Google Wave – Unifying communication on the Web
Google is now giving developers an early preview of Google “Wave”, encouraging them to ride into the future of emails, opening inboxes to richly formatted text, photos, videos, maps, social network feeds, and more.
Google Wave has been created by the two guys behind Google Maps, along with a small team in Sydney. The concept behind Google Wave is to “unify” communication on the internet – more like a hybrid of email, web chat, IM, and project management software.
Google Wave is well suited for quick messages as well as for persistent content, as it allows for both collaboration and communication. It has the ability to replay conversations because it records the entire sequence of communication, character by character. Because of this, discussions are also live in Google Wave, which means you could even see your friends type character-by-character.
With Google wave you can:
- Use richly formatted text, photos, gadgets, and even feeds from other sources on the web.
- Insert a reply or edit the wave directly.
- See on your screen instantly what your fellow collaborators are typing in your wave.
- Use “playback” to rewind the wave and see how it evolved.
The 3 layers of Google Wave:
- Google Wave product is a web application built on Google Web Toolkit that people will use to access and edit waves. It includes a rich text editor, other functions like desktop drag-and-drop, etc.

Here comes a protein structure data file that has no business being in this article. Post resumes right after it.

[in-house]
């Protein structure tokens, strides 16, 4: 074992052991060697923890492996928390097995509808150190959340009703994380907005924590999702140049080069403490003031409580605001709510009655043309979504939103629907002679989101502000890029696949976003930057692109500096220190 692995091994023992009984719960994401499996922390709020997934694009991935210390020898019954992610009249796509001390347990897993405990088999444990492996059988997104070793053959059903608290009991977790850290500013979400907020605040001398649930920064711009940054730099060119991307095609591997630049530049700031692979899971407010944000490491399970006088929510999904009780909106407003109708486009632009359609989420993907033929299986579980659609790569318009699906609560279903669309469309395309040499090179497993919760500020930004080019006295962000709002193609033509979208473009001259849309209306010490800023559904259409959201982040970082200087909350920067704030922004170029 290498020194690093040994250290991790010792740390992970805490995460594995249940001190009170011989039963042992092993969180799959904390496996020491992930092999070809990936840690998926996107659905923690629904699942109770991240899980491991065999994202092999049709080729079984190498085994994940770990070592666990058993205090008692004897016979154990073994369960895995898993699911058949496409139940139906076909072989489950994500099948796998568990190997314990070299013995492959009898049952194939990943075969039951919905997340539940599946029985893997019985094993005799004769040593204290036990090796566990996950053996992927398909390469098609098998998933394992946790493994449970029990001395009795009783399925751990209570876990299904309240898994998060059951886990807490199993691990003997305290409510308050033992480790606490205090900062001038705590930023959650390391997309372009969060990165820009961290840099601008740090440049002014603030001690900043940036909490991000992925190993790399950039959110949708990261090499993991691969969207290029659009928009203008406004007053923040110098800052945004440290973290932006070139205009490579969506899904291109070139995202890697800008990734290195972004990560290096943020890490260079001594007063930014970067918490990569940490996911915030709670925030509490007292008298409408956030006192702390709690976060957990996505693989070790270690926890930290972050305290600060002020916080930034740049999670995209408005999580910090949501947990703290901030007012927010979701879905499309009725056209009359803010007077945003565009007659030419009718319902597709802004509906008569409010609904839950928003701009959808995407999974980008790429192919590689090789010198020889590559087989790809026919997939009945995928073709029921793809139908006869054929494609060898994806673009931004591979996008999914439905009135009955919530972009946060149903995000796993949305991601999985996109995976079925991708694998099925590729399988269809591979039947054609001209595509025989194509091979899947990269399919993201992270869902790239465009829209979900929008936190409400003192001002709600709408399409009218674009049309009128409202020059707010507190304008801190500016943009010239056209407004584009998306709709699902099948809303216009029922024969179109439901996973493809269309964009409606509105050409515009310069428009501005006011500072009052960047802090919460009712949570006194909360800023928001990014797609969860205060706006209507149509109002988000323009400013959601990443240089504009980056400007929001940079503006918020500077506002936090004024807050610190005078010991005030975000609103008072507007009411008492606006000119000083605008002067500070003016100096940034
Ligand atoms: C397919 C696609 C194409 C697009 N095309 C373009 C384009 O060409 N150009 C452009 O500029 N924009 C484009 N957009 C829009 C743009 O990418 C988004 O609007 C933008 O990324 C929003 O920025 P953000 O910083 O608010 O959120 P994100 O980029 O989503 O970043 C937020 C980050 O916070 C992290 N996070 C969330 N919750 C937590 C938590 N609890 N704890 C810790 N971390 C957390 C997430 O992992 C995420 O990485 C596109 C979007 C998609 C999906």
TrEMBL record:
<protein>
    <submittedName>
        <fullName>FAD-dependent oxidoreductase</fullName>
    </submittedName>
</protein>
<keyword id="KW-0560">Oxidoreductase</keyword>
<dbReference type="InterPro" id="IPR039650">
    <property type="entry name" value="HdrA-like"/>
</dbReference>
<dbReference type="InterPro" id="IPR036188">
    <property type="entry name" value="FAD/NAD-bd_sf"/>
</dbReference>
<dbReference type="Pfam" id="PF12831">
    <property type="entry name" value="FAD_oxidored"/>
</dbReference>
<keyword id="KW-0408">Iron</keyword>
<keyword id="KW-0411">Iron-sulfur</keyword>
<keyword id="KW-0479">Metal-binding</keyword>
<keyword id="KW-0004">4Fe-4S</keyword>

- Google Wave platform allows developers to embed waves in other web services, and to build new extensions that work inside waves.
- Google Wave protocol is for storing and sharing waves, and includes the “live” concurrency control allowing edits to be instantly reflected across users and services.
The computer code for Wave will be open source, meaning developers are free to modify it as they wish. Although no launch date for Wave has been specified, but looks like it could be available to the public by later this year. Right now it’s only available to a select group of developers, who will be able to create their own Wave servers.
Link: Google Wave
(Source & Image credit: Google blog)